Directed by Darren Aronofsky.
2014. Rated PG-13, 138 minutes.
Leo McHugh Carroll
Even if you're not religious, you're probably familiar with the story of Noah's Ark. The Good Lord was so fed up with mankind that he sent a great flood to wipe us all out. Before He did, though, He let Noah in on the plan and told him to build a great ark and all the animals, two by two, will join him and his family. That way, when the waters recede all of the various species can continue. Noah did precisely this and the world was repopulated entirely by the occupants of the most famous boat of all time. With Russell Crowe in the titular role, Noah fleshes out this saga in more detail than has ever been attempted.
Noah is presented to us as a simple man. He is wholly devoted to The Creator first, his family second, and has the courage of his convictions on all fronts. Crowe plays him as a man with a quiet, yet unwavering, authority. It is also unquestioned within his own family. When he says 'we're building an ark and all the animals are coming,' his wife Naameh (Connelly) doesn't even blink. It's evident that she is as committed as he to carrying out The Creator's wishes. If either of them, or anyone in the movie for that matter, isn't quite sure what He is saying to them, or what should be done next, they go pay a visit to Noah's cave-dwelling grandfather Methusaleh. All is then made clear and we drive on. Also involved are Noah's sons Shem (Booth), Ham (Lerman), and Jahpeth (Carroll). This makes for some pretty interesting family dynamics when things don't seem to be going quite as planned, or at least to everyone's liking. This provides the movie with its biggest dilemma and a controversial outcome. It opens the door for the interpretation that Noah was ultimately a failure in God's eyes. Noah himself seems to feel this way. It goes against the prevailing idea that he was an unmitigated success. Well, unless I missed something. That's entirely possible given I'm not a religious guy. If so, feel free to let me know.
Then again, letting me know what I missed isn't really necessary because this movie really only uses the biblical story of Noah as an outline for the rest of the movie. Basically, that he built an ark, all the animals came, and The Creator flooded the world destroying all life outside of that ark is all that's taken from scripture. However, this isn't a complaint. I fully understand why so much was added to the story. It would have been really boring watching Noah and his family chop down trees, swing hammers, and sing spirituals while they work for a hundred years to get it done. Likewise, it would not have been exciting watching them sail along for forty days and forty nights unless the animals started getting unruly. By the way, the movie very neatly skirts this possibility. Things were needed to give us human conflicts the viewer could relate to. To that end, we get the family drama, including a very tough situation that weighs heavily on the movie's final act. We also get a villain in the form of Tubal-cain (Winstone). He believes Noah really has been told by God to build the ark and that a great flood is coming. Well, Tubal-cain has an army and he wants on that boat! These things work pretty well to create tension where the source material has none. There is also an additional layer of mysticism applied to a tale that already starts with a supernatural conversation. This comes in the form of "The Watchers," fallen angels made of light but encased in rock ages ago when they betrayed The Creator by helping mankind. They seem to have leapt from Peter Jackson's imagination as possible Middle Earth inhabitants. Their presence gives our heroes some much-needed allies and they really spring to life during movie's largest battle scene.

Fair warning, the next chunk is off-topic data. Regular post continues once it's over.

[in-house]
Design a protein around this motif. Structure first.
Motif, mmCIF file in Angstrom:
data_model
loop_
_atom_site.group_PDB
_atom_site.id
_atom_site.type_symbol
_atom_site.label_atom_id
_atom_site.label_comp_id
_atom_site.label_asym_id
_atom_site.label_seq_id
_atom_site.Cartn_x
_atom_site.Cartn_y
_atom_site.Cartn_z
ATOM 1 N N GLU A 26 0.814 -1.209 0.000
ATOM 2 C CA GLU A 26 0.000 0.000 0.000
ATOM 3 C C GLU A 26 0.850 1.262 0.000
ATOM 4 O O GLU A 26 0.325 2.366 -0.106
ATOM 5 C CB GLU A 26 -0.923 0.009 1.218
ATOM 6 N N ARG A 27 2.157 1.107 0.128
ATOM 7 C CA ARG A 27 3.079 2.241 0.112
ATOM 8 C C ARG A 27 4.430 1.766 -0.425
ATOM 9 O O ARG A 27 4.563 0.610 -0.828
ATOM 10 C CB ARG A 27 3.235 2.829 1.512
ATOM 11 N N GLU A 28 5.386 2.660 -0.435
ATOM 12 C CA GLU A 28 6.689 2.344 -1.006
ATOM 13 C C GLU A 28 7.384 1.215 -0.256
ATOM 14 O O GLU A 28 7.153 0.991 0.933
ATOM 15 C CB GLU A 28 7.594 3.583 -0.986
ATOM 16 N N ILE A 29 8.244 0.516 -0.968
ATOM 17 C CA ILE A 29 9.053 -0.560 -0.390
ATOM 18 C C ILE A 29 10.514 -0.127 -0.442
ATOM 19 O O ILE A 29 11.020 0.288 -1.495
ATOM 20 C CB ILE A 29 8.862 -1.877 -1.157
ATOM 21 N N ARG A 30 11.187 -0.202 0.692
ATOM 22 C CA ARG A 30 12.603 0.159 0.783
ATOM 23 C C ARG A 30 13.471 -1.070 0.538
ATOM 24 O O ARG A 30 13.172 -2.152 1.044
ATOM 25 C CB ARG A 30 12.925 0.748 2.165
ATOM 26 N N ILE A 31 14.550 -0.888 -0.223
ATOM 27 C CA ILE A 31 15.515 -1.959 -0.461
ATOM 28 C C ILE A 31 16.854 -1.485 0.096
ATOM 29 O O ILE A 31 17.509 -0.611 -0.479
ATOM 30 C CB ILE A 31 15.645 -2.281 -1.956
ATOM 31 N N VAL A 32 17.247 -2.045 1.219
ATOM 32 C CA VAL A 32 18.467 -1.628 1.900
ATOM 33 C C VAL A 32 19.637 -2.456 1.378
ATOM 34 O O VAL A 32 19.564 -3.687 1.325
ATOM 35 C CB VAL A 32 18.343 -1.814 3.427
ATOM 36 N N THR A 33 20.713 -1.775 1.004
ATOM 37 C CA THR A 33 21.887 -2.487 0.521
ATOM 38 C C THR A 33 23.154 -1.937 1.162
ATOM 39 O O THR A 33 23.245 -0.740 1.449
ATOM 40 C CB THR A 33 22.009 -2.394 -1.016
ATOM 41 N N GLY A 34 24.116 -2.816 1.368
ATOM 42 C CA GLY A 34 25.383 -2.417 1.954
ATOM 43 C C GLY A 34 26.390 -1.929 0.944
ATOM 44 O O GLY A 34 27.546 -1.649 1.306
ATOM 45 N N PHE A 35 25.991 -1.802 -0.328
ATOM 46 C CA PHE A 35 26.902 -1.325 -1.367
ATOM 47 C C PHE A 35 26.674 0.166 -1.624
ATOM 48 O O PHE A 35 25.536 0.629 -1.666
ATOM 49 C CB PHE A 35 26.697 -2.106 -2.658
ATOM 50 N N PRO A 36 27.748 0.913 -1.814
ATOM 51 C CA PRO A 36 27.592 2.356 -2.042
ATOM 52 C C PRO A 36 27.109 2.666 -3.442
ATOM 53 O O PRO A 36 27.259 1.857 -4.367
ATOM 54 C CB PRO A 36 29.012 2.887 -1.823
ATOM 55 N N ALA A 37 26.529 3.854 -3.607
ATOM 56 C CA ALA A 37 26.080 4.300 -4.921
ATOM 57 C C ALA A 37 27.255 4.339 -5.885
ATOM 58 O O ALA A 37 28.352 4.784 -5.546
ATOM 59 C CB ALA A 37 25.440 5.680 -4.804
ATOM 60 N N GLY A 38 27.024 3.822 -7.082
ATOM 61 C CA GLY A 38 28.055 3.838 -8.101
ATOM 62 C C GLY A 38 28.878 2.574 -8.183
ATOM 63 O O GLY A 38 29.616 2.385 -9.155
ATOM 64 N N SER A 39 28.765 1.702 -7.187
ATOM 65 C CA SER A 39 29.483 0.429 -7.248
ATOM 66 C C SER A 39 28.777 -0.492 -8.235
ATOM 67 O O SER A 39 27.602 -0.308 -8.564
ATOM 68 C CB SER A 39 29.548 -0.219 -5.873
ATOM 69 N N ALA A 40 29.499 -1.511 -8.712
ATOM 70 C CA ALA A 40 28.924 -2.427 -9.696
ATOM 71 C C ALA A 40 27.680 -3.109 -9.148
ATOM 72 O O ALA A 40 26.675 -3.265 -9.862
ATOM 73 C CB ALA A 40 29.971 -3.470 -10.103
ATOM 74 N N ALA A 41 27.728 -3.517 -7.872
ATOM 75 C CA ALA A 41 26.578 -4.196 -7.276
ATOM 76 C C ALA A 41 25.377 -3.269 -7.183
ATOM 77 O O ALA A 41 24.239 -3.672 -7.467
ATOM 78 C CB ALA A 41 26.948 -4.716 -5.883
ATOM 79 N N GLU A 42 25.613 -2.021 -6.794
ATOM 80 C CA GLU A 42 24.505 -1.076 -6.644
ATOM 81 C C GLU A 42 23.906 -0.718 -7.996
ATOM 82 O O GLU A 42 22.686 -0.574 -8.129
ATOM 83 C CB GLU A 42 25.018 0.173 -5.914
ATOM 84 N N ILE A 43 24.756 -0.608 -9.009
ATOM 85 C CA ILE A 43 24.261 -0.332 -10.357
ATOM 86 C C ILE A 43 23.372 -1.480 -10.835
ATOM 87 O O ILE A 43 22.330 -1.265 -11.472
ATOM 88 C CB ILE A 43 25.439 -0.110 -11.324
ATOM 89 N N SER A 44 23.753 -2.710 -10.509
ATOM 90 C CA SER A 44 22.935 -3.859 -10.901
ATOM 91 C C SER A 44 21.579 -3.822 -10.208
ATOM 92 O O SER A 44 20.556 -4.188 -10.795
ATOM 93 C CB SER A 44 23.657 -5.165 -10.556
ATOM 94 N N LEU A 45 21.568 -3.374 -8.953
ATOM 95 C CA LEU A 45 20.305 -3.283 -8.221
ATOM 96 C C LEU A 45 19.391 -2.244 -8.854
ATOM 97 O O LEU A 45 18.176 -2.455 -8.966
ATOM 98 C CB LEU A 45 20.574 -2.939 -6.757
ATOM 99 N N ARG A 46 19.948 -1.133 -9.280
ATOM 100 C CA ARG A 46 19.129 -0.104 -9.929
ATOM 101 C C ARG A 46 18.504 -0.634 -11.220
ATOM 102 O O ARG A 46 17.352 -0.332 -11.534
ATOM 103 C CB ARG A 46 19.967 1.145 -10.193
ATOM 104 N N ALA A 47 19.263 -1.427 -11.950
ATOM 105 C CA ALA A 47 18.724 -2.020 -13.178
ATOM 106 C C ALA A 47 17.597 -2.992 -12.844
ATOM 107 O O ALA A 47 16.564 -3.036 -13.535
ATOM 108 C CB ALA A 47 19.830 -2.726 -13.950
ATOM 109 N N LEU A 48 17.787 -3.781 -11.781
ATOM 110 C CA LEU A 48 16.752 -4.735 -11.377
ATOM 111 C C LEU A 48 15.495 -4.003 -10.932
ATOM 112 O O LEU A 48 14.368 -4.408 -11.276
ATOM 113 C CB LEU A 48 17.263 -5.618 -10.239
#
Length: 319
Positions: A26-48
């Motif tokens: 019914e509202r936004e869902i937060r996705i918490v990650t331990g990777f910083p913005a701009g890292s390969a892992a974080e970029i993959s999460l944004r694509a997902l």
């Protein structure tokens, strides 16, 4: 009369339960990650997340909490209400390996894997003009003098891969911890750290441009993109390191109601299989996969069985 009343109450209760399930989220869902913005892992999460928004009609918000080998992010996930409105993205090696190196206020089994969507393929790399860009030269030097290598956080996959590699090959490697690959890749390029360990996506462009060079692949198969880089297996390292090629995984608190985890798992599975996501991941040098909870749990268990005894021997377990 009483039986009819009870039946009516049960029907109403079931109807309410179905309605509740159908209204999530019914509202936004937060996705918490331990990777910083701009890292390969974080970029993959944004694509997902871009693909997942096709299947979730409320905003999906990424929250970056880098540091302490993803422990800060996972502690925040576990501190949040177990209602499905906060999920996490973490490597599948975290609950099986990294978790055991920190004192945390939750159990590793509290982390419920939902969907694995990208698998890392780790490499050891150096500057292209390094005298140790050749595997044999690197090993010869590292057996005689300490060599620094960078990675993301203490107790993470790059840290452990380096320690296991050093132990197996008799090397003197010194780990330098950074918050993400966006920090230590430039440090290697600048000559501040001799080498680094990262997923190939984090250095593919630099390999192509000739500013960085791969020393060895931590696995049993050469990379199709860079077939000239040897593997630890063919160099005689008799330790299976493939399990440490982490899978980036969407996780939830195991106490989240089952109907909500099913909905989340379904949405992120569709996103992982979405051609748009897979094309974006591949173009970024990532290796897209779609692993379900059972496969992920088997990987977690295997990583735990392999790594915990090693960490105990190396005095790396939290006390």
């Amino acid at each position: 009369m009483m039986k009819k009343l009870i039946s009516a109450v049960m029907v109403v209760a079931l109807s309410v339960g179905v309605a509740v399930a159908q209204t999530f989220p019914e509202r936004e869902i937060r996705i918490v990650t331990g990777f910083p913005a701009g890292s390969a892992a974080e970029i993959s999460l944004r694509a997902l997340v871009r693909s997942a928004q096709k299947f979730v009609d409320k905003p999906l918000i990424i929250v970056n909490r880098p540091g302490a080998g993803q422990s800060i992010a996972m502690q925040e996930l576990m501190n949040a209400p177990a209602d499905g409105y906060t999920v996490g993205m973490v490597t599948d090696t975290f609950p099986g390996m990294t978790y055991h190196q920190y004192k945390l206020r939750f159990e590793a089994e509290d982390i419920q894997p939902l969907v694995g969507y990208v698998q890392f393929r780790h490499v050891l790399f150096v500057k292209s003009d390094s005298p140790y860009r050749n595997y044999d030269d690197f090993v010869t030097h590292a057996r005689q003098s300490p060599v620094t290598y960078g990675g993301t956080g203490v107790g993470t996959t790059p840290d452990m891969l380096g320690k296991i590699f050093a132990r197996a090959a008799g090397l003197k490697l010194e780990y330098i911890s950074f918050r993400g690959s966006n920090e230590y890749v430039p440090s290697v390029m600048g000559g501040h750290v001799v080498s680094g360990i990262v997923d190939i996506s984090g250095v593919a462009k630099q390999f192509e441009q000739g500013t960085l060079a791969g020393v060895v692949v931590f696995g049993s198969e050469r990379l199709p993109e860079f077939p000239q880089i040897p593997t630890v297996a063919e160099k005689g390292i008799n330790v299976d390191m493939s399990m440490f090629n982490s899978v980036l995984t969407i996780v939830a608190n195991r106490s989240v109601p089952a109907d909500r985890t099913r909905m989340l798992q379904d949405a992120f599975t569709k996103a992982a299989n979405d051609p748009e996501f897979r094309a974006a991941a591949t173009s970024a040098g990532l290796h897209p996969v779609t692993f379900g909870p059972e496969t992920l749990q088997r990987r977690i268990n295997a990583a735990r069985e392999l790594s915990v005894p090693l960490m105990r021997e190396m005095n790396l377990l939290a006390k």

On the technical side, director Darren Aronofsky has created a visually pleasing film. There are lots of wide shots of our heroes either traversing lush landscapes or hard at work on the ark. These and the depiction of the battles again bring Peter Jackson to mind. In battle, The Watchers take on humans in spectacular fashion. Bodies and rocks fly about the screen as swords, axes, and all sorts of ancient weaponry is put to use. By the time we get quite that far, however, we have already seen the most amazing shot of the movie: a forest instantly springing up around Noah and family from a singular seed. Another wonderful sequence has our hero audibly recite the story of Creation, but visually melds it with The Big Bang Theory and evolution. During our scenes aboard the famed vessel, we get lots of shots of people coming out of and going into the shadows symbolizing the less than altruistic intentions of several characters. We are also shown more close ups mimicking the claustrophobic nature of their situation. It's a clear case of the director and his cinematographer using the camera to influence the viewer.
Like lots of films, how much we enjoy Noah might depend on the expectations we bring to it. If you are a devout Christian and/or looking for something that sticks closely to the story you know and love, you may be sorely disappointed. I venture to say so many liberties are taken wish the source material it's possible you'll be offended. Of course, there's that whole bit about just what happened at the beginning of time. If you go into it dreading having to sit through a religious flick, you might just roll your eyes all the way through. Fallen angels and God delivering ultimatums in a voice only heard by one person is not going to change your mind. However, if you enter without clinging to your thoughts on what it should be, you will be pleasantly surprised. The story is told well and a good deal of tension is created. It also looks very good, as mentioned. It can drag a bit in spots, but things perk up whenever Ray Winstone or Anthony Hopkins is on the screen. It's a decent watch, but won't inspire you to start building an ark anytime soon.
MY SCORE: 6.5/10